The few times I have bounced of the rev limiter I found that it upset the car balance enough where I did not care to do it on purpose.

    And back to shift lights: if the guys making a few million dollars a year driving for a living use them, I think I should heed their example.
     
  15. minimark

    minimark Well-Known Member

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    Shift lights are great and I use one, doesn't work as advertised but I can set a certain RPM range that it starts coming on at. Don't rely on it to determine every shift though but use it as sort of a backup warning for when I might be too much in the heat of the moment. Warns that redline is approaching and is a good backup to the mod between my ears...

    If someone says your a wiener for having one please direct them to any F1 in car video.....
     
  16. goaljnky

    goaljnky New Member

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    My point exactly. I have the FES shift light. I actually have it programmed so the yellow light kicks in about 1k early to get my attention. Green lights up when I should shift and then it switches to Red just before the rev limiter. The scheme works for me.
     
  17. ScottinBend

    ScottinBend Space Cowboy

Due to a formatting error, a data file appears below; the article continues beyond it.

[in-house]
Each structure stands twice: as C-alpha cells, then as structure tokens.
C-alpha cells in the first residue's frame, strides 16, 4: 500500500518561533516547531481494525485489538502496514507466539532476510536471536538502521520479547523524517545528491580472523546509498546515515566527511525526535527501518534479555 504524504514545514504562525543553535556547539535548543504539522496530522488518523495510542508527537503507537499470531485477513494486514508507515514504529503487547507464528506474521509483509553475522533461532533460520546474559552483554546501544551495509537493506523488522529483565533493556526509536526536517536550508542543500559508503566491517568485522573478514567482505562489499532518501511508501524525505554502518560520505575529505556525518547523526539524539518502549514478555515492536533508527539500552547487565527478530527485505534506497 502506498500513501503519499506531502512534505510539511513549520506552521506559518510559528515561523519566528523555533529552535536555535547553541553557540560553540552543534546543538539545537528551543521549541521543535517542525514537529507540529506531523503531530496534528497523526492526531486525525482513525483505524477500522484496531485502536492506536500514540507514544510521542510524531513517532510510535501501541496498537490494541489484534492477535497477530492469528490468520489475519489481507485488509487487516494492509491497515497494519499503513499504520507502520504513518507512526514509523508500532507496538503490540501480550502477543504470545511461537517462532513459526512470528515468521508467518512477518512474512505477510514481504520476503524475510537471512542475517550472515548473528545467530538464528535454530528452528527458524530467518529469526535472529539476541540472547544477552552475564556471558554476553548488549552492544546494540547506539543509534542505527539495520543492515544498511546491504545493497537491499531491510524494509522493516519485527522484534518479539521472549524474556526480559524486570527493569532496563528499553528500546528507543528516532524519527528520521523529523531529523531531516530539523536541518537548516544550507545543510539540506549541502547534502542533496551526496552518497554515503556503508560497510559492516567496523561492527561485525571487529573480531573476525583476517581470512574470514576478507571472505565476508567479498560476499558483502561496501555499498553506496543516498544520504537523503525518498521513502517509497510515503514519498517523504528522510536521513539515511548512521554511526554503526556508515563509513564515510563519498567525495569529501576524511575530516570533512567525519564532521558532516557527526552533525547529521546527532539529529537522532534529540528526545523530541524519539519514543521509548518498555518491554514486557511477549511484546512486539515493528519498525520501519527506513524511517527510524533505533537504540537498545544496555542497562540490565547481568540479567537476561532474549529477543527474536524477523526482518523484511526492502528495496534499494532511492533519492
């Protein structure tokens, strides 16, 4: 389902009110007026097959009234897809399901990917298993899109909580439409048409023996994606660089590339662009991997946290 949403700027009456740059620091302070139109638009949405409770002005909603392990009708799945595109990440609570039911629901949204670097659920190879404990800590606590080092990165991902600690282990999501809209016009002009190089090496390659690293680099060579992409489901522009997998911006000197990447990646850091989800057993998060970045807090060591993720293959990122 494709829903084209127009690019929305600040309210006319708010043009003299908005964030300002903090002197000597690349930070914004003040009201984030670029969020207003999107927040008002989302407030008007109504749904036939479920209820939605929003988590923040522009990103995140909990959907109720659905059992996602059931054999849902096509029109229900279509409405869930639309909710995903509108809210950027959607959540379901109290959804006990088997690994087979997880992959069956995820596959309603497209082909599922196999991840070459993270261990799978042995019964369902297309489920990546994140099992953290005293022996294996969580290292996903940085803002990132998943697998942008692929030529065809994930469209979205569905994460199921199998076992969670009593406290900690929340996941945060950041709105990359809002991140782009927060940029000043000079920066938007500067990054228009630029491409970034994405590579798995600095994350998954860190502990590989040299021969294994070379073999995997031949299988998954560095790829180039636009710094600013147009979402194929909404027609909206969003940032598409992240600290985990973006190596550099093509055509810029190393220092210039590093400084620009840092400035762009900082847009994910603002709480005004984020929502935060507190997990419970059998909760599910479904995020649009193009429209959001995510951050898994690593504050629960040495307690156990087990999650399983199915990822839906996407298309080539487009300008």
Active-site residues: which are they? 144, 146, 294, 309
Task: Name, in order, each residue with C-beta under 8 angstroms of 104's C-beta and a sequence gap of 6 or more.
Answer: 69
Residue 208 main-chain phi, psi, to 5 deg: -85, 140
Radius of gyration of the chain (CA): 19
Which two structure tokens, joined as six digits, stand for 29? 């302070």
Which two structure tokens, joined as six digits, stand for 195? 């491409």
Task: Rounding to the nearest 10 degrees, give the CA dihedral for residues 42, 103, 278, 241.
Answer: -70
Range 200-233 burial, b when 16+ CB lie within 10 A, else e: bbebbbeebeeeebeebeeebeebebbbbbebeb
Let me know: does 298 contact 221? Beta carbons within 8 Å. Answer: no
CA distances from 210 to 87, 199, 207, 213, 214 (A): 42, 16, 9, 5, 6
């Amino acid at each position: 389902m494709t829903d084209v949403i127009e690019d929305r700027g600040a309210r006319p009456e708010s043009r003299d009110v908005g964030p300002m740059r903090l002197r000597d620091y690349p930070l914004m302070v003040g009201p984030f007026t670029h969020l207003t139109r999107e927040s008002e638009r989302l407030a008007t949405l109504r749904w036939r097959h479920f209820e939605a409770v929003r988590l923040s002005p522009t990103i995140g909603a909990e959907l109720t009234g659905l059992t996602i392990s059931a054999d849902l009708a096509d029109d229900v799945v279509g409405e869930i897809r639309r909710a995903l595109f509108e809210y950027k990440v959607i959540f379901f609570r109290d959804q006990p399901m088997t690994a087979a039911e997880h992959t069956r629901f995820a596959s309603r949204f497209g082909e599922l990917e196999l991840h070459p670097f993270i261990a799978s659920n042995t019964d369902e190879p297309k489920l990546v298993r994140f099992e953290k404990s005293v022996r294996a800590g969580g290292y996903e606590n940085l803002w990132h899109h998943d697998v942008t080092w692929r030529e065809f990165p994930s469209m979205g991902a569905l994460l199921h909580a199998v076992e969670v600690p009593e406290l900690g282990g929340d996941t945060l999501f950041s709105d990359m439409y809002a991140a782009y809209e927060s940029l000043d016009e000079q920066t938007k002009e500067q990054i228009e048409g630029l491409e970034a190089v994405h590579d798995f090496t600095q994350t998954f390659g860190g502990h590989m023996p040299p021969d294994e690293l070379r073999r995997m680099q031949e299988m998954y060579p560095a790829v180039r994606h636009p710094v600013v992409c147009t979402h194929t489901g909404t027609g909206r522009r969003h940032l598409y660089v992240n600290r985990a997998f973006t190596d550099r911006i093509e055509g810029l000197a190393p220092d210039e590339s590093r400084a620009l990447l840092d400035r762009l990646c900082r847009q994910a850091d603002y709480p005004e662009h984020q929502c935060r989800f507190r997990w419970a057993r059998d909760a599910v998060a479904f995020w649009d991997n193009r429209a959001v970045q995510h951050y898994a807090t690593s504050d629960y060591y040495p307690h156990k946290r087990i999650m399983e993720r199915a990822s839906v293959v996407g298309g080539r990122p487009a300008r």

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    :Thumbsup:

    Exactly........
     
  18. Dr Obnxs

    Dr Obnxs New Member

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    That's not the point...

    the point is if you'll have to brake or downshift very shortly after where you'd hit the limiter, you just ride it and stay at the top speed for the gear and not have all the time not under power of the shift to the next gear, and the immidiate downshift shortly after.

    It's just like running past the optimal shift point, having less torque at the wheels, but only momentarily. The way cars run rev-limits now, it's doable. Yes, it sounds funny, but as long as one isn't going down a very steep place, shouldn't result in over-revving the engine. I'd want to know how my car responds to it to make sure that the torque change isn't so severe that it would upset the balance though.

    Matt
     
  19. btwdriver

    btwdriver New Member

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    I would encourage people to see what the RPM difference between gears is. I have an R56 so keep these numbers in mind. In most cases you will be talking about hitting the limiter in third, the RPM difference between the same speed in third and fourth gear is only around 600 RPM. On most cars that don't have race cams you start to lose power towards the top end.

    I am a proponent of grabbing the next higher gear rather than run the limiter. You really only pay for the up shift. The downshift will be done under braking and doesn't generally cost you time. (There is some debate about not being able to left foot brake and that costing some time, but I have been unable to see this in data afterwards.)

    All that being said, there are times when running the car to the limiter makes sense, but I find that in most cases you can drop lap times by shorting into the next gear.
     
  20. Minidave

    Minidave Well-Known Member
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    I agree, especially with the turbo motor.

    With the supercharged motor, I think you can go either way as there is not such a pronounced drop off in power as you get near red line, like there is on the Turbo motor....